Inscribed in ink on architrave The Theatre was Erected by the King, Peers/ & Commoners of Britain in the First Parliament; and in pencil on the pediment Britain presents her Arts/ to the King; and in pencil on the panels between the pilasters Triton/ Orpheus / Charms his beasts/ Orpheus charms Pluto/ dancing / Spring & Con/ versation of / the Muses / Comedy / Dance / of the Muses / Sacrifice of ye muses / Tragedy / Arion/ Arion & the / Dolphin/ Singing / Ampheon/ rules Thebes
Signed and dated
Undated, probably 1762/63
Medium and dimensions
231 x 656
The first parliament of the reign of George III began in 1760 and this drawing belongs to that period, and is probably contemporary with James Adam's Parliament House scheme of 1762/63; like that scheme it may have been begun before he left London for Italy in 1760. The plan of the theatre is shown in Adam vol.7/171, which in turn is a version of the ink sketch in Adam vol.7/176. The fountains on either side of the entrance portico are derived from the design in Adam vol.7/108 and this reinforces a date of c.1762/63. One fountain is shown in greater detail in Adam vol.7/184. The façade was also to be enriched with a series of relief panels that related to the theatre, whose subjects are suggested in the pencil notes. The four niches on either side of the door were to hold the figures of Dancing, Comedy, Tragedy and Singing. There is a more detailed version of the upper windows in Adam vol.7/172 and 173.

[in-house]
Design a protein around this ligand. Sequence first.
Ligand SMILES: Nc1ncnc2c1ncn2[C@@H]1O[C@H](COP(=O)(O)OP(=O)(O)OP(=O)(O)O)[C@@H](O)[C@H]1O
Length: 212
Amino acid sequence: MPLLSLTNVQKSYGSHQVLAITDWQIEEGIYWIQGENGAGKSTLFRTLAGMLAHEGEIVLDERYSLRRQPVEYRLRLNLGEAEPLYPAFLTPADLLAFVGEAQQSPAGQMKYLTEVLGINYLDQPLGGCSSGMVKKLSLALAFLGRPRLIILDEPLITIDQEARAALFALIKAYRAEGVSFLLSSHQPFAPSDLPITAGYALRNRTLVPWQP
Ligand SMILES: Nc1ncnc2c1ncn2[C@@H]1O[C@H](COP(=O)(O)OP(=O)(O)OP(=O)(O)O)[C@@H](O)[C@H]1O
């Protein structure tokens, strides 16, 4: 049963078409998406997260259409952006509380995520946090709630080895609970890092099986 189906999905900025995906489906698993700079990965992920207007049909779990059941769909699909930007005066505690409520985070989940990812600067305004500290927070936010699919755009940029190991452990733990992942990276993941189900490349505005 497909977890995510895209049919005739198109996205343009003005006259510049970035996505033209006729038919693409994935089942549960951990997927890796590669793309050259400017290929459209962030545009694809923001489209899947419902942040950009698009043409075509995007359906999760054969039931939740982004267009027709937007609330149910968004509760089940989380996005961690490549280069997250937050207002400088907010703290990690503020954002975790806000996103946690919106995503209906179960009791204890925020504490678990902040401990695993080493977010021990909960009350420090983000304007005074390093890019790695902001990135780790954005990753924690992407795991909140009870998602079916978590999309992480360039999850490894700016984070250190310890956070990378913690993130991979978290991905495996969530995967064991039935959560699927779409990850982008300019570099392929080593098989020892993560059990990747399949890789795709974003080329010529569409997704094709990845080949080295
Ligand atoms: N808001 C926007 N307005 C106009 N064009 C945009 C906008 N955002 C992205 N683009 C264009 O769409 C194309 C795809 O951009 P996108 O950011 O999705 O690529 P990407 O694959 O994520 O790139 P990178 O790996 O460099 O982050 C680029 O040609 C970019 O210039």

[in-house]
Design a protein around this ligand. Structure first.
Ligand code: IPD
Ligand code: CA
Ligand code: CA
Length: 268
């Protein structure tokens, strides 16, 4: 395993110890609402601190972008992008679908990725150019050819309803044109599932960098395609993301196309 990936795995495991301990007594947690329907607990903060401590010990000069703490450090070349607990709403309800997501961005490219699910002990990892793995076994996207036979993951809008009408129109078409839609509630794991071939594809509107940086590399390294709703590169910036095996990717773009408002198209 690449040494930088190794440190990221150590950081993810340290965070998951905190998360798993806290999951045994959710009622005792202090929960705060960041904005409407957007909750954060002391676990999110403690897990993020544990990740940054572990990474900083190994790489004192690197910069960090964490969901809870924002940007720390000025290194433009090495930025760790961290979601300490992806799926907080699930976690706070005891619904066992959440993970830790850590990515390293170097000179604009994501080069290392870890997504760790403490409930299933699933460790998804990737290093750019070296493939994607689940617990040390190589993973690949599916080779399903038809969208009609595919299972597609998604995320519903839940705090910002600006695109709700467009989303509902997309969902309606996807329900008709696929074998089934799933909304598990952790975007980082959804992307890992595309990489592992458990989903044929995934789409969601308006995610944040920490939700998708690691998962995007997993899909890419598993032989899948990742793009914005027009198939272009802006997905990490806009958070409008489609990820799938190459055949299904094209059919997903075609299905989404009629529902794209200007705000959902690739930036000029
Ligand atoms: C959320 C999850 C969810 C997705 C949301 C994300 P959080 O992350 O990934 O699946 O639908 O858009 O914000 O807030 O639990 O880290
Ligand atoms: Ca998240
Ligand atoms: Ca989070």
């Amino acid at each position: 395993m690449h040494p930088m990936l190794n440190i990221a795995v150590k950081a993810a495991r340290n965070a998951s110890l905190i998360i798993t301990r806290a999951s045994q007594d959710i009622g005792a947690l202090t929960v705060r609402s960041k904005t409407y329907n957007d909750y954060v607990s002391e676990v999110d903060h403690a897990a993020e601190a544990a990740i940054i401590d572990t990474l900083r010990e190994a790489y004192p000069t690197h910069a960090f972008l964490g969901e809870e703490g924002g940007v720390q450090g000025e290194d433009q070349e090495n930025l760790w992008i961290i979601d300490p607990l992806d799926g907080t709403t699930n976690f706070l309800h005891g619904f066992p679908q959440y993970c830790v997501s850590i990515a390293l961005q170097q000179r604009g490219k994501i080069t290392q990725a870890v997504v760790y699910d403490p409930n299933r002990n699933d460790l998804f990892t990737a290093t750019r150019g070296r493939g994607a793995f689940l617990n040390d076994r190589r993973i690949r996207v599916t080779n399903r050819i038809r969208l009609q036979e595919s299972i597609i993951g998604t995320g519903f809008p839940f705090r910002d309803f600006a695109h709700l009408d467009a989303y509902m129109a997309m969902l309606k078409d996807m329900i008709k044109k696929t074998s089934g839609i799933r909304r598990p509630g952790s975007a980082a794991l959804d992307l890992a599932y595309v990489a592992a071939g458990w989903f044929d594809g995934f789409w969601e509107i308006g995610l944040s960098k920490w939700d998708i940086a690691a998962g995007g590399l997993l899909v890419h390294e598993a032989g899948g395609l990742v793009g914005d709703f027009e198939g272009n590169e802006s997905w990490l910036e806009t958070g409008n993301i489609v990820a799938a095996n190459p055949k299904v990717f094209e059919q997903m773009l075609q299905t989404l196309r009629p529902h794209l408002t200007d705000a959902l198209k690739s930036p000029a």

The Adam library contained Carlo Fontana (1634/8–1714)'s compendium of seventeenth-century theatre designs that Robert Adam used for his work at Drury Lane and the Haymarket Opera House, both London.
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